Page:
A coupla more words on Ruby Rouge and Cristal. AFAIK, Cristal dim sum is menu-ordered (no carts). RR is traditional hand-pushed carts. I've seen lotsa discussion on the boards about cart vs. menu dim sum. Me? I like the carts. I like to be shown each item and decide there and then if I'm going to choose it, I like that the woman pushing the cart probably speaks no English and we communicate with hand signals, nods, and headshakes. Maybe Cristal's food is great (as I said, haven't tried), but for me, the experiance at RR trumps any incremental advantage the food *might* have at Cristal. Note that the push-cart women many times brush off westerners and simply say "you no like" instead of showing you some items. Don't be intimidated, just smile and gently insist, "No, I *want* to see what you have. Whats in that one...this one,...and this?"
They tend not to show chicken feet (tasty: chew, spit out little bones), beef tendon (decadent, unctious), duck claw (see chicken feet above) and any type of offal (from gamey pork tripe to innard stew to braised intestine (tastes like barnyard to me...).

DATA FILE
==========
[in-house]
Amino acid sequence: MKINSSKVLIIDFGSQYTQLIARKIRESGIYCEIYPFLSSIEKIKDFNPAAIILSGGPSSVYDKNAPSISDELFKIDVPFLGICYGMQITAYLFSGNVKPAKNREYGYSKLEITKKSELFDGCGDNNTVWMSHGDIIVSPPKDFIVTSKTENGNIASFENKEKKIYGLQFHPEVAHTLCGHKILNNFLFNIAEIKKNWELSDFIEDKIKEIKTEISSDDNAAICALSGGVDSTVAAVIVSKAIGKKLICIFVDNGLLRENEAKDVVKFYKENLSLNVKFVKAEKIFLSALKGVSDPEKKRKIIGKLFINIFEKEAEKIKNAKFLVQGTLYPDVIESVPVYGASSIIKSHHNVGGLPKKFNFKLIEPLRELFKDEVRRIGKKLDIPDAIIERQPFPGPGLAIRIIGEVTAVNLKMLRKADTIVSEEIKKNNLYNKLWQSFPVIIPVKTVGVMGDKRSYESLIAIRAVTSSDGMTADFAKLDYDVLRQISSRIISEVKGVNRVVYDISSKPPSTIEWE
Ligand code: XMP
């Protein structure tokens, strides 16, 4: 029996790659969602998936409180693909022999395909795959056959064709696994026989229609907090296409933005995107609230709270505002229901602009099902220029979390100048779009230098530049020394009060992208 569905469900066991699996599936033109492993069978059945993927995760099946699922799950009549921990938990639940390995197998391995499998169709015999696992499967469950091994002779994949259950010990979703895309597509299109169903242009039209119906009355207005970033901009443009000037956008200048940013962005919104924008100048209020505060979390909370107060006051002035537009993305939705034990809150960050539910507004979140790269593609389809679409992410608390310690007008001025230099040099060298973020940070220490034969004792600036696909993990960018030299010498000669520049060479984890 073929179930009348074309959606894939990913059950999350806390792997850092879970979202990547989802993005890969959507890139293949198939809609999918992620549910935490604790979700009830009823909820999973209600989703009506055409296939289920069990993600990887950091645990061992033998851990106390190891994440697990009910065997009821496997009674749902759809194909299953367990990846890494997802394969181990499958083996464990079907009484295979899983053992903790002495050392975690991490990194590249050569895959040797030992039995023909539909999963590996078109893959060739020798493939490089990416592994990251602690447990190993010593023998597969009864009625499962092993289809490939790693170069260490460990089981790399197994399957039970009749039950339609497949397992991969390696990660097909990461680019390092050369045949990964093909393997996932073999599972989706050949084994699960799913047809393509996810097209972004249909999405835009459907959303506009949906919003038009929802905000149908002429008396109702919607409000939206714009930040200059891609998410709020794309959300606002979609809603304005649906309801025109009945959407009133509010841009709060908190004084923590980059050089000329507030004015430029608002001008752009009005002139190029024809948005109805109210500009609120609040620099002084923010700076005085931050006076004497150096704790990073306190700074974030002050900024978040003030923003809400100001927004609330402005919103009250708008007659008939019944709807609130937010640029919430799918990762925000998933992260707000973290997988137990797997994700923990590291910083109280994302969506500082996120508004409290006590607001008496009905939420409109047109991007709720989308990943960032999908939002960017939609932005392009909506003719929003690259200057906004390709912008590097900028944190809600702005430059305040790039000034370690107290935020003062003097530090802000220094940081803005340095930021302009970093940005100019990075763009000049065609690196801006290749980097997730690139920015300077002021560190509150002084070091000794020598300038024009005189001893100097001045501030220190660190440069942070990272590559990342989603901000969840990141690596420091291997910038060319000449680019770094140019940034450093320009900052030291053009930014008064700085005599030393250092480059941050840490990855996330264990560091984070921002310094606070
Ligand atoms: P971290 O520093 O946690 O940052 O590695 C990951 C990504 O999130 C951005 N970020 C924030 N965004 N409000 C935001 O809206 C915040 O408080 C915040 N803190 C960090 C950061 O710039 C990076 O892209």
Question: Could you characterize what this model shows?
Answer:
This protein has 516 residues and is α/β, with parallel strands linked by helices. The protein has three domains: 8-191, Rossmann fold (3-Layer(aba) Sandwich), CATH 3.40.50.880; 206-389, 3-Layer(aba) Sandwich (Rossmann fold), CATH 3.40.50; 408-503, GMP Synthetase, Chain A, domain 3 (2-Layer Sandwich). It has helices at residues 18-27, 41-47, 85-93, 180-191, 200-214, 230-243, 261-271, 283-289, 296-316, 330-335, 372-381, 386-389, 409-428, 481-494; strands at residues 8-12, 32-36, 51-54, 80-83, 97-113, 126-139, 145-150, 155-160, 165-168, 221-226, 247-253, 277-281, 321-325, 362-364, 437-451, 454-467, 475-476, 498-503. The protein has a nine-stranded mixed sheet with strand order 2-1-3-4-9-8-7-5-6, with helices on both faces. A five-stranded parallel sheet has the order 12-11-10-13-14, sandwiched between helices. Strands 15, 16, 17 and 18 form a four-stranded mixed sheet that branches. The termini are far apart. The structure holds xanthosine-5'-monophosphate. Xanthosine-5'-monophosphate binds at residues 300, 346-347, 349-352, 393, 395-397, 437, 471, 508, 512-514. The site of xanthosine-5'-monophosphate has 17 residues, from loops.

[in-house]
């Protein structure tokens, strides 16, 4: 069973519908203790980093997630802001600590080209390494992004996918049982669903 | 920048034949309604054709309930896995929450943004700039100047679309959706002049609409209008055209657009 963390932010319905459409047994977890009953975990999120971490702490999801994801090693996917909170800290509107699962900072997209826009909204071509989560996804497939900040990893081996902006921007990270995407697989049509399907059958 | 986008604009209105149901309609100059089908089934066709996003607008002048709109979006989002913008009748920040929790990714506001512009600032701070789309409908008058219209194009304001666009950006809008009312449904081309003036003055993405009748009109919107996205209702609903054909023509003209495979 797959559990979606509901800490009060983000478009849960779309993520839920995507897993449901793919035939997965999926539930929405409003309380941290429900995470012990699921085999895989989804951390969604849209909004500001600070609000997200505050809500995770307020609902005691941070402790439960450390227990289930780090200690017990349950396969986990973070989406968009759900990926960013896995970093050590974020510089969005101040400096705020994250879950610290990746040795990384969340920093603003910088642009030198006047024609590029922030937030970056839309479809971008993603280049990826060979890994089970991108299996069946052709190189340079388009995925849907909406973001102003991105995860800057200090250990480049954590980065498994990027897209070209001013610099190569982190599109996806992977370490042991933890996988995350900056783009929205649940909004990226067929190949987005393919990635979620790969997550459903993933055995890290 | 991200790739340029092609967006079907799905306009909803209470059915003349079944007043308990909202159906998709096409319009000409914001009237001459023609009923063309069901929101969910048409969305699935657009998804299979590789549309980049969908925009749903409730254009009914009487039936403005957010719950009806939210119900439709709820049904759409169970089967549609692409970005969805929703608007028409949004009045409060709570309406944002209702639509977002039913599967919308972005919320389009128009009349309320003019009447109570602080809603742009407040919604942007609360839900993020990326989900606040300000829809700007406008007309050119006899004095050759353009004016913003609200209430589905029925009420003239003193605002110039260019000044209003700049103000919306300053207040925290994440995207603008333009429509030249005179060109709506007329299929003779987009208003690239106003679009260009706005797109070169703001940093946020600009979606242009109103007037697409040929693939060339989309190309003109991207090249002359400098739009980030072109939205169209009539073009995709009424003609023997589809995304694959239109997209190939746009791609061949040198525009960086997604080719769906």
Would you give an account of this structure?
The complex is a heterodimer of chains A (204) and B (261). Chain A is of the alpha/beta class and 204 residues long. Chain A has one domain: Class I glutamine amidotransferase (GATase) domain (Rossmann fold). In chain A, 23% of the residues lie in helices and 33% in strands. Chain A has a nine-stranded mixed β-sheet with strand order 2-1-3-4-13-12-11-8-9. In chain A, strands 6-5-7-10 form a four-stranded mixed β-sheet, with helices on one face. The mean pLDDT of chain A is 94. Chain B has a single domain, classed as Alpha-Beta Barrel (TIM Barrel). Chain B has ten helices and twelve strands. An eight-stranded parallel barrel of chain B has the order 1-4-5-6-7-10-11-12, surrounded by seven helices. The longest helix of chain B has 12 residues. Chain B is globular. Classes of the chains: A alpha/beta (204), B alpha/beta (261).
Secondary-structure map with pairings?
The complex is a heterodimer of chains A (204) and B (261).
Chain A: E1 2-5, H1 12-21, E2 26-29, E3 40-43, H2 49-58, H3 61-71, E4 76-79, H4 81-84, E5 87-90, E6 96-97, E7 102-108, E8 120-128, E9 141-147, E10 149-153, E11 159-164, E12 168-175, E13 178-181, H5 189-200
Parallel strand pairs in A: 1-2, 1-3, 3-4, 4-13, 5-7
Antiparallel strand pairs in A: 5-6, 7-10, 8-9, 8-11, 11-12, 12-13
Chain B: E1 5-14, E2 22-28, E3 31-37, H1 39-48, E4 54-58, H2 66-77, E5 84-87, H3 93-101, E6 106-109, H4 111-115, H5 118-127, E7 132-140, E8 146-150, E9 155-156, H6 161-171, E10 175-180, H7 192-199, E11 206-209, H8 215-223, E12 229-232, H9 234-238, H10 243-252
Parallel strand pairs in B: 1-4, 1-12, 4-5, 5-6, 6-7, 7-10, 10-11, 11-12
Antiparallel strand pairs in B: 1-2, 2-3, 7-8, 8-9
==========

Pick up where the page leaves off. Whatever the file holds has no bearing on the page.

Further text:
I had a long answer yesterday but I erased it and didn't have the heart to start again.
Here is what I'd do (please take it only as an advisory, I am a food enthousiast but no where near the food critic and I do have only a partial view of the situation: there are tons to discover in my own city!)
Dinner (here's where I'd go if I had to draft a suggestion to myself if I already did not know Montreal, gave you 2 choices in case its hard to book!):
(Splurge): One of Au Pied de Cochon or Joe Beef. Both are Montreal classics. I'd say Au Pied de Cochon tends to focus more on spruced up Quebec traditional fare where Joe Beef is more influenced by Montreal tradition (with all the cosmopolite influences it brings). Both are huge, noisy, delicious brasseries though so doing one after the other is probably suicide. You probably won't be able to book at Joe Beef...
(Splurge) Europea or Club Chasse & Pêche. Europea is probably one of the finest and/or inspired fine dining, contemporary, multi service restaurant in Montreal (try their 10 courses tasting menu!). Club Chasse & Pêche is in the same category quality and price wise, but less adventurous (no tasting menu). Club Chasse & Pêche is my favorite restaurant in Montreal but I'd try Europea first.